One fear among Eurosceptics is that the forthcoming EU referendum will be managed just like the last. David Cameron will go over there, ask for and then win a few small concessions, then come back and tart them up as an amazing deal to trick people into voting to stay in’ is a common refrain.
We should of course be watchful for just such an approach. The existence of Conservatives for Britain, who launched their recruitment drive yesterday, is welcome precisely because it helps to hold the Government’s feet to the fire, demanding that the Prime Minister live up to the original programme he laid out at Bloomberg (and that any deal should rest on the necessary Treaty change).
No-one knows exactly what the Prime Minister currently wants from the renegotiation. The Bloomberg speech went much further than many expected – not least in demanding an end to ever closer union – but since then the stated aims of the renegotiation have shrunk faster than the list of RSVPs for Liz Kendall’s next drinks party.
The Balance of Competences review instantly fumbled the crucial job of laying out the issues at stake. A year on from Bloomberg, Cameron was reduced to talking about changes of policy rather than changing the very nature of the project itself.
The shrinkage didn’t end there. To listen to discussions of the renegotiation over the last few months, you might think the EU issue was all about how much money migrants get in benefits. Fundamental questions of Britain’s place in the world, our right to democratically control our own affairs, the future of our industry, agriculture and fisheries and a host of others have largely vanished. While the words “migrants” and “welfare” didn’t appear at all in the Bloomberg speech, now they seem to be just about the only words Downing Street lists under “renegotiation aims”.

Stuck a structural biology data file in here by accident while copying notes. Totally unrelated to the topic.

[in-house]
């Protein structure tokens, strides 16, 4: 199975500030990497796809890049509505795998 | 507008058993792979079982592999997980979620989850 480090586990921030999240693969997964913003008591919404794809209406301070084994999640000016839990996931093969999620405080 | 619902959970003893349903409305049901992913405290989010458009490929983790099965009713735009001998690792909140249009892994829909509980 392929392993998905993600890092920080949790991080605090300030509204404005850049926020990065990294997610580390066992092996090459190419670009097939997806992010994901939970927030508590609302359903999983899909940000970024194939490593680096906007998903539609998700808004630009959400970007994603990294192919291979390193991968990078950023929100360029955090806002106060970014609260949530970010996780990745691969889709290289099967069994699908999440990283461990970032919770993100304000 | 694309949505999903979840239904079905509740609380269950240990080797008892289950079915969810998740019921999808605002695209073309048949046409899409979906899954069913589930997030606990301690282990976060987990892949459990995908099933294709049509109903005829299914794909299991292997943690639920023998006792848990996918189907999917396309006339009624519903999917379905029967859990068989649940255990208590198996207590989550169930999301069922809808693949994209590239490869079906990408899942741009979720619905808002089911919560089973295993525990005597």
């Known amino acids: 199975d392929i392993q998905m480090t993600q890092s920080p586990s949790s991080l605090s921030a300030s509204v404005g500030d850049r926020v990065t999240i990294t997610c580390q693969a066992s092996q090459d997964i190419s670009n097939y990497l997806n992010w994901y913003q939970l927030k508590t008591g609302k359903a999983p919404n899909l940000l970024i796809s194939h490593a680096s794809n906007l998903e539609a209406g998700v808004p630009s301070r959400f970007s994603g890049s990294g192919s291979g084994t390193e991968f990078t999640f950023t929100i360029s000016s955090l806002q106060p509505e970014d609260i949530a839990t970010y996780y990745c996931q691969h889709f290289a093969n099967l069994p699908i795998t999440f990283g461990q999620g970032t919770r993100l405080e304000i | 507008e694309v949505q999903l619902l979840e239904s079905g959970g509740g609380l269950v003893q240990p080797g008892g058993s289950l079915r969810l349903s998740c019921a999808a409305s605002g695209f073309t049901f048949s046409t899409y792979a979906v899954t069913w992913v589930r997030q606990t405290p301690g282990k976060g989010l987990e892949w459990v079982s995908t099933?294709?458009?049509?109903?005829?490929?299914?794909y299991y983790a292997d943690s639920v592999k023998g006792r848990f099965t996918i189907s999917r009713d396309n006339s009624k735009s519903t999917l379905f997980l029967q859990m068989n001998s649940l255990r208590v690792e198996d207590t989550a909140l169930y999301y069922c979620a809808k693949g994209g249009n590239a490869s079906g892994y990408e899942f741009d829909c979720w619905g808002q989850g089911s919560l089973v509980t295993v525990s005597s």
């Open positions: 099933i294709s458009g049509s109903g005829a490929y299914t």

That is clearly insufficient. Whatever the British people and the Conservative grassroots might want from this EU renegotiation, they definitely want more than the Government seems to be asking.
On that basis, one can see why some are getting twitchy about a repeat of the small concessions/big boasts tactic deployed in 1975. There is at least one major reason why such a cunning trick could prove hard to pull off, though - the Prime Minister seems to be struggling to secure the small concessions bit.
The Government’s legal advisers have reportedly informed Downing Street that attempting to ban EU migrants from accessing various forms of welfare for four years would be discriminatory and therefore illegal under EU law. The only way Ministers could protect British people from funding such benefits would be to, er, also remove them from British people for the first four years of adulthood.
This is, of course, simply another symptom of the fundamentally flawed nature of the European project. Its very purpose and nature is to be anti-democratic, meddlesome and overbearing – which is why they are the only terms on which it can be judged to be very effective indeed at fulfilling its mission. To eurosceptics, the story is an apt demonstration of precisely why the EU is unacceptable in its current form and unlikely to agree to any kind of serious change.
To the Prime Minister, however, this is a further blow. If his demands have shrunk this far but are still hitting obstacles, how much further can they shrink while still existing? While it would be a difficult job to dress up an unsatisfactory deal as a great triumph, it would be impossible to perform the same feat by dressing up nothing at all.